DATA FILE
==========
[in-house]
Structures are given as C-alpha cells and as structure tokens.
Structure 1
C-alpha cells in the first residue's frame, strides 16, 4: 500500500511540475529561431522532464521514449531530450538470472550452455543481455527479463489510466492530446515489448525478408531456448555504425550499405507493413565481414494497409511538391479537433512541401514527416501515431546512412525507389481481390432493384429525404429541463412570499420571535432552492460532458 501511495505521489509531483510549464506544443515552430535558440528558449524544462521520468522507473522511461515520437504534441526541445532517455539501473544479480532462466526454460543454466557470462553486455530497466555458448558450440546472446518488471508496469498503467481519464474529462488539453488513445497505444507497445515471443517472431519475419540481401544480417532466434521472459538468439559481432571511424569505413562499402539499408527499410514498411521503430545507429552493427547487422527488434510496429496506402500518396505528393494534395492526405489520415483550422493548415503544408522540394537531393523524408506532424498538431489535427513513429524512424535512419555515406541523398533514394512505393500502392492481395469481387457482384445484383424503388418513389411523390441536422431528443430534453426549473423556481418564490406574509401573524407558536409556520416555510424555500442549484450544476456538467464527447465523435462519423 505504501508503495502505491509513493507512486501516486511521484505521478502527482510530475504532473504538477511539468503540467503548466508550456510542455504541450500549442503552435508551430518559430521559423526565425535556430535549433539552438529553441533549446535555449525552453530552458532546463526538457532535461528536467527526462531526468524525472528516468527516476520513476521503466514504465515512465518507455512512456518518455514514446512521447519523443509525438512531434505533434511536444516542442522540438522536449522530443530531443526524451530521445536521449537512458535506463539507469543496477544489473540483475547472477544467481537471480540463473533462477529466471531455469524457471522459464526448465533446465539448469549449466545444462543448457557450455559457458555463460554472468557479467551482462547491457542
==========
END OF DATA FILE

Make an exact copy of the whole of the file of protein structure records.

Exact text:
[in-house]
Structures are given as C-alpha cells and as structure tokens.
Structure 1
C-alpha cells in the first residue's frame, strides 16, 4: 500500500511540475529561431522532464521514449531530450538470472550452455543481455527479463489510466492530446515489448525478408531456448555504425550499405507493413565481414494497409511538391479537433512541401514527416501515431546512412525507389481481390432493384429525404429541463412570499420571535432552492460532458 501511495505521489509531483510549464506544443515552430535558440528558449524544462521520468522507473522511461515520437504534441526541445532517455539501473544479480532462466526454460543454466557470462553486455530497466555458448558450440546472446518488471508496469498503467481519464474529462488539453488513445497505444507497445515471443517472431519475419540481401544480417532466434521472459538468439559481432571511424569505413562499402539499408527499410514498411521503430545507429552493427547487422527488434510496429496506402500518396505528393494534395492526405489520415483550422493548415503544408522540394537531393523524408506532424498538431489535427513513429524512424535512419555515406541523398533514394512505393500502392492481395469481387457482384445484383424503388418513389411523390441536422431528443430534453426549473423556481418564490406574509401573524407558536409556520416555510424555500442549484450544476456538467464527447465523435462519423 505504501508503495502505491509513493507512486501516486511521484505521478502527482510530475504532473504538477511539468503540467503548466508550456510542455504541450500549442503552435508551430518559430521559423526565425535556430535549433539552438529553441533549446535555449525552453530552458532546463526538457532535461528536467527526462531526468524525472528516468527516476520513476521503466514504465515512465518507455512512456518518455514514446512521447519523443509525438512531434505533434511536444516542442522540438522536449522530443530531443526524451530521445536521449537512458535506463539507469543496477544489473540483475547472477544467481537471480540463473533462477529466471531455469524457471522459464526448465533446465539448469549449466545444462543448457557450455559457458555463460554472468557479467551482462547491457542